Zhou Enlai, the premier of the People's Republic of China from 1949 until his death in 1976, is the last Communist political leader to be revered by the Chinese people. He is considered "a modern saint" who offered protection to his people during the Cultural Revolution; an admirable figure in an otherwise traumatic and bloody era. Works about Zhou in China are heavily censored, and every hint of criticism is removed--so when Gao Wenqian first published this groundbreaking, provocative biography in Hong Kong, it was immediately banned in the People's Republic. Using classified documents spirited out of China, Gao Wenqian offers an objective human portrait of the real Zhou, a man who lived his life at the heart of Chinese politics for fifty years, who survived both the Long March and the Cultural Revolution not thanks to ideological or personal purity, but because he was artful, crafty, and politically supple. He may have had the looks of a matinee idol, and Nixon may have called him "the greatest statesman of our era," but Zhou's greatest gift was to survive, at almost any price, thanks to his acute understanding of where political power resided at any one time.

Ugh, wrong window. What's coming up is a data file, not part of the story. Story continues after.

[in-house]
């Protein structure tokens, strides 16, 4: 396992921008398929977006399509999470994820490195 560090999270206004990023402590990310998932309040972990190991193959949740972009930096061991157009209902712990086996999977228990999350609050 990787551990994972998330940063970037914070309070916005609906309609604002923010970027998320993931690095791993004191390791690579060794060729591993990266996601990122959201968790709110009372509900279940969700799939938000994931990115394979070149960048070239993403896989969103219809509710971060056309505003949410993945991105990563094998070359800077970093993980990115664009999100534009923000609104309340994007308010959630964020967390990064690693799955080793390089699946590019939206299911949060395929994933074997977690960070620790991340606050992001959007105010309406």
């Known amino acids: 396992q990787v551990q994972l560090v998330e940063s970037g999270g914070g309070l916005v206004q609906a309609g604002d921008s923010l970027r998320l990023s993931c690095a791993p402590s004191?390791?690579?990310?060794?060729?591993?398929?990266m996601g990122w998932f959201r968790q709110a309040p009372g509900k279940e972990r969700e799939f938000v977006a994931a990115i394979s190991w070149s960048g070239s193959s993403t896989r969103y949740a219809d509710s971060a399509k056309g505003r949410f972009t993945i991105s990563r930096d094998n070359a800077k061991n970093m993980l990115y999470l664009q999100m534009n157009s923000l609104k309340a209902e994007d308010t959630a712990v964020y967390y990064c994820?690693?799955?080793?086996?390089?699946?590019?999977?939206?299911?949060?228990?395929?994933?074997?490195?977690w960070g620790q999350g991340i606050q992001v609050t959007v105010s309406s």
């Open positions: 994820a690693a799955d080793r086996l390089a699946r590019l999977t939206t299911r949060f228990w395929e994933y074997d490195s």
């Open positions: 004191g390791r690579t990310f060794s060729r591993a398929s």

Imaginative and creative thought is what distinguishes humans from animals. It is what defines us as Homo sapiens. What it means to have thoughts, and what gives us the remarkable capacity to think, have been subjects of debate for centuries. In The Cradle of Thought, Peter Hobson presents a new and provocative theory about the nature and origins of uniquely human thinking. A prevailing opinion on the acquisition of thought and language is that babies are born with pre-programmed modules in the brain. But this is too narrow and too simplistic an explanation. Professor Hobson's radical view is that what gives us the capacity to think is the quality of a baby's exchanges with other people over the first 18 months of life. As part and parcel of an intellectual revolution in the second year, the child achieves new insight into the minds of itself and others. Human thought, language, and self-awareness are developed in the cradle of emotional engagement between infant and caregiver; social contact has vital significance for mental development. Professor Hobson draws on 20 years of clinical experience and academic research as a developmental psychologist, psychiatrist and psychoanalyst. He follows the thread of mental development over the first 18 months of ababy's life to describe and to explain the emergence of thinking; he shares startling insights into mental development gained from his studies of autism; and he shows how, from infancy to adulthood, disturbances of thinking may be rooted in troubled early relationships. Finally, he pinpoints tiny but momentus changes in the social relations of pre-human primates from which human thought sprang. In this fascinating and thought-provoking book, Peter Hobson shows how very early engagement with others fosters the child's growth out of the cradle of infancy and into the realm of human thought and culture.